It’s that time of year again. You know, the time of year when you are given a bunch of stuff that you don’t need?
Well, here at No Poor Among Them we thought we should give you guys some ways to celebrate the birth of Christ by doing what he did throughout his life: serve and lift others. So take a look, do some unconventional Christmas shopping, and please, feel free to add suggestions to our list in the comments or on Facebook. It is also important to note that I am not exactly a great example of entirely devoting Christmas to worthy gifts, or purchasing ethically-made goods, but I am trying to do better. So without further ado, here is the list.
1. Give a Goat
Through Heifer International, you can purchase goats, chicks, ducks, and yes–even heifers. These animals are given to people in need, but not without receiving adequate training and a promise of passing on the first female offspring of whatever animal they are raising. So give the gift of a goat. It will be sure to shriek for joy!
2. Give a Loan
Perhaps one of the most popular ways to give a microloan is through Kiva. Kiva partners with multiple microlending institutions and provide individuals and groups with small loans to help struggling farmers, entrepreneurs, and others who need the capital. Another great option we’ve highlighted on No Poor Among Them is Vittana. Vittana gives loans to students in various countries seeking post-secondary education. So instead of getting your sibling a sweater they will never wear, why not give someone in need a loan in their behalf?
3. Nourish Some Malnourished LDS Kids
Why not experience Christmas in a completely different culture? From December 21-29, 2013, the Liahona Children’s Foundation will host humanitarian trips called “NutriTours.” This year, the trips will be in Cambodia, northern Peru, and Southern Ecuador. In addition to working with malnourished LDS kids and their friends, you will provide service to church and community members, and see some of the local attractions.
Is a trip a little too much? No worries. A $50 donation in someone’s honor will provide one child with nutritional supplements for a year. This means better physical growth, brain development, and a greater chance to become self-sufficient later on in life. If December is too soon, no worries. The Liahona Children’s Foundation will have plenty of trips in June and July in most of the locations in which they work. Check out this recent video to see why the Foundation exists, and why it could use your support.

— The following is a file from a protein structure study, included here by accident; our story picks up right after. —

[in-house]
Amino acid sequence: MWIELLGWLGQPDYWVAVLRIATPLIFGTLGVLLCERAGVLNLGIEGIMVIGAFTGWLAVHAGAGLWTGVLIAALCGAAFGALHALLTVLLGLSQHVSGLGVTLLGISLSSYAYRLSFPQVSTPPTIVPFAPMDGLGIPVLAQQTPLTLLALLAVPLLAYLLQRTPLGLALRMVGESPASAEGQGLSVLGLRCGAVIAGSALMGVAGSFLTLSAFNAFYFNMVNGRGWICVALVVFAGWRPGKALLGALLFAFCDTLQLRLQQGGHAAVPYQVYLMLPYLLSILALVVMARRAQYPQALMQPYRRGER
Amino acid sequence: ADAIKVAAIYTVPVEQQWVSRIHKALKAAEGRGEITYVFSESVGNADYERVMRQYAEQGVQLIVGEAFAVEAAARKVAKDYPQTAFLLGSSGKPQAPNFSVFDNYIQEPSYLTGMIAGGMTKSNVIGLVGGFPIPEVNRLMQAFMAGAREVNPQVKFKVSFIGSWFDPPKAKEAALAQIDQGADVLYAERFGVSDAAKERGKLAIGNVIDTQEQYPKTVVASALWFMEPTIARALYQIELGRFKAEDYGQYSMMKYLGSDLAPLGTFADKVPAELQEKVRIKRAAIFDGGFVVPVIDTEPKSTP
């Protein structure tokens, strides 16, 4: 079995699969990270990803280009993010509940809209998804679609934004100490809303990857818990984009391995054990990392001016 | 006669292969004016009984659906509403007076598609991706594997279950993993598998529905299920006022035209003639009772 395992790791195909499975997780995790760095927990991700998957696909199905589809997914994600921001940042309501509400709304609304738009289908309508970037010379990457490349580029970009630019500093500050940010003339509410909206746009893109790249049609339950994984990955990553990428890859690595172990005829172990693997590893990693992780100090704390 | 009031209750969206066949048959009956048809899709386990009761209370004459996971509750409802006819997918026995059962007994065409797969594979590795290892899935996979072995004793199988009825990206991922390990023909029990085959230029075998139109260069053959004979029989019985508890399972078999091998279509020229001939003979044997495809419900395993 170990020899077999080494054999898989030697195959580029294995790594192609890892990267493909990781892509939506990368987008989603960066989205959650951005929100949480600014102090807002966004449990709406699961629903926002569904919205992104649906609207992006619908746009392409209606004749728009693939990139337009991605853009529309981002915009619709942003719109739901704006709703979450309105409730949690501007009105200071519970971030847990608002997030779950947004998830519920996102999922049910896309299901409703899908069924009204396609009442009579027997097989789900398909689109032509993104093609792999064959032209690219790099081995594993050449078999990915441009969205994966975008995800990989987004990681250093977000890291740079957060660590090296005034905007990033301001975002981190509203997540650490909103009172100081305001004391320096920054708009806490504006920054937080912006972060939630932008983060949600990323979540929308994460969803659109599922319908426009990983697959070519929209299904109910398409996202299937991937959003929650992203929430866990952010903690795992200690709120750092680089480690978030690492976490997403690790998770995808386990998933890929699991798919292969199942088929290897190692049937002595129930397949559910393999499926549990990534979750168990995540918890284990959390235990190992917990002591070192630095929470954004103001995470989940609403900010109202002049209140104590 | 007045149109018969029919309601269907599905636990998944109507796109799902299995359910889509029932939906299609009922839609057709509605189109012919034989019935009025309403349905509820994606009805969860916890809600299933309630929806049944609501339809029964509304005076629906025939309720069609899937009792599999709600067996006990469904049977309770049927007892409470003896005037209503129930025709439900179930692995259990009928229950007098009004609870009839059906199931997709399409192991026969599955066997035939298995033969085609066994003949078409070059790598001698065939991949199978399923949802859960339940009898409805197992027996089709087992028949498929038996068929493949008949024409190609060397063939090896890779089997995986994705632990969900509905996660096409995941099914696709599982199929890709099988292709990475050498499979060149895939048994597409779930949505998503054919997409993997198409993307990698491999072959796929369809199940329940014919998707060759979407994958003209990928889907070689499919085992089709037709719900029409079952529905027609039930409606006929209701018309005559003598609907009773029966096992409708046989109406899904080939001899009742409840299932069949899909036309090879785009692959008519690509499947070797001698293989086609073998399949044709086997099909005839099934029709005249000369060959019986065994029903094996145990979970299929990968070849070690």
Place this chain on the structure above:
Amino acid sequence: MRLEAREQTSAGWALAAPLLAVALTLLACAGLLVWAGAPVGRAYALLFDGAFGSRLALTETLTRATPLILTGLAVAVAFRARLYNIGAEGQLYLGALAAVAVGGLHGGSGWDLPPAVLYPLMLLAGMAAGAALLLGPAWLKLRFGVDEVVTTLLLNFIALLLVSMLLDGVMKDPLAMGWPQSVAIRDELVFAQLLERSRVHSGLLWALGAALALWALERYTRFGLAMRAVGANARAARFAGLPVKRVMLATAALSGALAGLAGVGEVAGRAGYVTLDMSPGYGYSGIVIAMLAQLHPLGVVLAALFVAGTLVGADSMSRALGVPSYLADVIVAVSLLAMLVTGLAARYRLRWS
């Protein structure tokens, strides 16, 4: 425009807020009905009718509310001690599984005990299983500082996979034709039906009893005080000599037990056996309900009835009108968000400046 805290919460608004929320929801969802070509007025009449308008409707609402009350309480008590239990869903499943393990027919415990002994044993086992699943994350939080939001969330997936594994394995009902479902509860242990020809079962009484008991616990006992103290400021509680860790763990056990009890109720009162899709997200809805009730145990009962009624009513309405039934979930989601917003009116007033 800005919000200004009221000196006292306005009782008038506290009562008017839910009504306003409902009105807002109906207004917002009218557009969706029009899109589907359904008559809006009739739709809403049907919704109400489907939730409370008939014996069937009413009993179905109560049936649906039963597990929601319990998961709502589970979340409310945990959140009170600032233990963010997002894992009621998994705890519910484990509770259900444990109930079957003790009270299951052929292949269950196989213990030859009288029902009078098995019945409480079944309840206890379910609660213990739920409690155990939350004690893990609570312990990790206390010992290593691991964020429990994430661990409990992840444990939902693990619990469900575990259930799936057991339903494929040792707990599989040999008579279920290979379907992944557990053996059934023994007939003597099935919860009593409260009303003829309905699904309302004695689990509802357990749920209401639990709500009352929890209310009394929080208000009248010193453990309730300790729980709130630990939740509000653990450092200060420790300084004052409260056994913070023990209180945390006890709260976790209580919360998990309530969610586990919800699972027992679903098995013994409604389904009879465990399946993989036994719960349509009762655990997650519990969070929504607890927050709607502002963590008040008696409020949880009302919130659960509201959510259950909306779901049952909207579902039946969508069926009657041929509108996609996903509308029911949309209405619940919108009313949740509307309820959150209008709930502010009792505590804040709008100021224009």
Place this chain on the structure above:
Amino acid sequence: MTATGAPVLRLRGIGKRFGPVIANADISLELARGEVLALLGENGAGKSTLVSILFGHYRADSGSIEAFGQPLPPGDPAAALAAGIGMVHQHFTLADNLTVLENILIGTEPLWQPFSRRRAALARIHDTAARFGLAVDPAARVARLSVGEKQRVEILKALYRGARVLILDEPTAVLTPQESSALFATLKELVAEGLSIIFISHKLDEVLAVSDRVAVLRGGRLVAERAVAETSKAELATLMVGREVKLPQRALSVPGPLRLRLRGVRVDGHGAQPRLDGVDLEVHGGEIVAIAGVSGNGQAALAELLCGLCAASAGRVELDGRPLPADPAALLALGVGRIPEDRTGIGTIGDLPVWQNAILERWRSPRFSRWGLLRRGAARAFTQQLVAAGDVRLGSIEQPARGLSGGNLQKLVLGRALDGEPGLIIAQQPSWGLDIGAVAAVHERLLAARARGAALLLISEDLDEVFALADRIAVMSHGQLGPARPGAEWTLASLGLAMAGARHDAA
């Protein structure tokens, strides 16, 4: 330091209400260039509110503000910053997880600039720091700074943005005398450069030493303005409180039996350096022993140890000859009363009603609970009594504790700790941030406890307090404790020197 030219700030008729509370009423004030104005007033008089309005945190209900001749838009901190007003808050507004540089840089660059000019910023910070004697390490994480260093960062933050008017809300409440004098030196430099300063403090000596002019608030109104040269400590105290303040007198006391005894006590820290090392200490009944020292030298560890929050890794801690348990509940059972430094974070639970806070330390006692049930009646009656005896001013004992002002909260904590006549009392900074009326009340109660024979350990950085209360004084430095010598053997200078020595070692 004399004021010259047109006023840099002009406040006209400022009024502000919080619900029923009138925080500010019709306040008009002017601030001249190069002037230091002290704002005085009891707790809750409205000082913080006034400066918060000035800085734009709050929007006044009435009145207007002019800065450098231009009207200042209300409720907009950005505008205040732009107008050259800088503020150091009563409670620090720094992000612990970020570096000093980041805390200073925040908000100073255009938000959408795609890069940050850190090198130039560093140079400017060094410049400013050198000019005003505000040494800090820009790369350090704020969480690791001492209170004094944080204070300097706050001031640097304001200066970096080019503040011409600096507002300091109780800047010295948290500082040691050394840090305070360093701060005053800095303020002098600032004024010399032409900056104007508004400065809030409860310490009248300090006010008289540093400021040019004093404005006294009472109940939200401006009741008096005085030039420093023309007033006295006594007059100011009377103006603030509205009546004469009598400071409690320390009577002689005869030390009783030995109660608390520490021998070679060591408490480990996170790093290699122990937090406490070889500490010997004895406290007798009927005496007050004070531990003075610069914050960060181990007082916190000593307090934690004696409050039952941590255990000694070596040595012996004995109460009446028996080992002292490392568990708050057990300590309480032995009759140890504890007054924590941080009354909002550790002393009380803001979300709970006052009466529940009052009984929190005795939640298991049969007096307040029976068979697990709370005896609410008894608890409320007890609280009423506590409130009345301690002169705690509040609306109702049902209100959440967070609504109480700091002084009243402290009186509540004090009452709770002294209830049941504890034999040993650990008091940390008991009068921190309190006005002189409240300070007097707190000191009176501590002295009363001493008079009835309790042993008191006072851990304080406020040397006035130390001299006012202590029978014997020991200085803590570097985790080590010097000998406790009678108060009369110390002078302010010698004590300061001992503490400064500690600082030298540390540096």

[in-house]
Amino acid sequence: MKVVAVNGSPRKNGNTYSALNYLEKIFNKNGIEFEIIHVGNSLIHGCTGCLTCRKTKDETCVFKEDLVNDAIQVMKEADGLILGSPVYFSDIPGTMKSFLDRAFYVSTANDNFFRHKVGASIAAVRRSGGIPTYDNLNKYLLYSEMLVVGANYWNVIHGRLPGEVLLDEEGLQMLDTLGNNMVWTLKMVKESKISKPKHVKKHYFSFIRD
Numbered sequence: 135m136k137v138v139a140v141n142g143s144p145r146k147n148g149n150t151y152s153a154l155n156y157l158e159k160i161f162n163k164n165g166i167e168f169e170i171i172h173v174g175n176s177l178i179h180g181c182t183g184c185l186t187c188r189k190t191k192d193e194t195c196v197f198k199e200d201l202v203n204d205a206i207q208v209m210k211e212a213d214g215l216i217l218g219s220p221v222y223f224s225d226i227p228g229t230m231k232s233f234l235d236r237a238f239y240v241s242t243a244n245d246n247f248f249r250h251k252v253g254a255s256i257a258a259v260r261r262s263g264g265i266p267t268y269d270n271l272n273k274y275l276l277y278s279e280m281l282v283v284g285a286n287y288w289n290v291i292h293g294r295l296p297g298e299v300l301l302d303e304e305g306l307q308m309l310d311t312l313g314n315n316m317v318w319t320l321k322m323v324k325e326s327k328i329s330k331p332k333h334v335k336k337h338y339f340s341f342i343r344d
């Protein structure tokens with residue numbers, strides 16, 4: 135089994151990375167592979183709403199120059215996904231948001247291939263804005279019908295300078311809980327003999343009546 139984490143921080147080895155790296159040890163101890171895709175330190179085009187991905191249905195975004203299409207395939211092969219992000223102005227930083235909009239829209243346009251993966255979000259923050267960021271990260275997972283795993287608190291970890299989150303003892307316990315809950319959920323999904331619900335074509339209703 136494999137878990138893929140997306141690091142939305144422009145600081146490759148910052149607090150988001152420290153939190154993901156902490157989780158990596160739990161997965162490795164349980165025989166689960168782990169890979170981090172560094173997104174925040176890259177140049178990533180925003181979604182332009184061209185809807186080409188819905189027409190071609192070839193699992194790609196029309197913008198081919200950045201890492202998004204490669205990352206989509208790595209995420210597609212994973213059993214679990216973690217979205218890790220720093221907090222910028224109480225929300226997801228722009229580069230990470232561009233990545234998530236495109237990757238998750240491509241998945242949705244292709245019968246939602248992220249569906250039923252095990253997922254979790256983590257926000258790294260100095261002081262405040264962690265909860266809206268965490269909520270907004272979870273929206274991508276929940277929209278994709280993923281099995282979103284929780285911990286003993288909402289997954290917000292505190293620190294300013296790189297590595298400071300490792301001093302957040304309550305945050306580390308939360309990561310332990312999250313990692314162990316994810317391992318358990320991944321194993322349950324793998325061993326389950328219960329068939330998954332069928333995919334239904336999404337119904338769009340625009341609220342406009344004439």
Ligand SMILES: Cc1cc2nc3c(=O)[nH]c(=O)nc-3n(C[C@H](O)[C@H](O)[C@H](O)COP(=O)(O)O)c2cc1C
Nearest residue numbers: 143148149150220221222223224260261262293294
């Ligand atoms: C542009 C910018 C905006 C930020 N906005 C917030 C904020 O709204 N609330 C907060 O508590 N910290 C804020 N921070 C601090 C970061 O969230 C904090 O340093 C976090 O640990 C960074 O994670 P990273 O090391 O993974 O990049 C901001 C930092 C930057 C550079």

4. Sponsor a Child
We have highlighted a few organizations that offer sponsorships of children. Organizations such as Haitian Roots and Yehiwot Raey give kids in need what it takes to give them a chance in life. It doesn’t take much to sponsor a child’s education and other basic necessities. But there is a selfish motivation in there as well. Since these organizations are nimble enough, they put you in touch with the child you sponsor. You can write to them, and they to you. What a great gift to give to someone: a potential friendship that could last for years. Why not sponsor a child the same age as your child? Let’s face it, your kids won’t like the presents you give them anyway.
5. Donate to a Charity of Choice
Did you know that Americans spend nearly $1,000 on Christmas presents? That’s a lot of scratch! Instead of stressing out about what to give that person who has it all, why not learn a bit about how they would like to change the world and pick a charity accordingly? If you’re spending that much on Christmas, you may as well make it count. What else are you going to do with all that money, anyway?
6. Sub for Santa
Most communities have some sort of Sub for Santa program. For example, in good old Utah County, the United Way invites people to particpate in the program because it “fosters self-sufficiency as applicants discuss different ways to manage their time, money and talents.” So give locally to those who need it. Or, if you happen to find yourself on the other side of the line, apply for the program. In Utah County alone last year, 1,700 families and 5,000 children received aid. Nothing says Christmas like a gift to a stranger in need.
7. Spend Time at a Local Homeless Shelter or Food Bank
Most of us tend to separate ourselves from homeless people or people who are struggling to just put food on the table. We excuse ourselves for various reasons, but the fact is that the Savior spent most of his time with the poor, the downtrodden, and the outcasts of society. Perhaps there is something about becoming like Christ that requires us to step outside of our comfortable lives, see what others’ problems look like, and do what we can to rush to their aid. One BYU film student and his friend approached several panhandlers on Salt Lake City streets and surprised each of them with $100. The results are beautiful. Who knows how much it could mean to someone to receive your aiding hand. So check out this site to see where the nearest food bank is and lend a helping hand.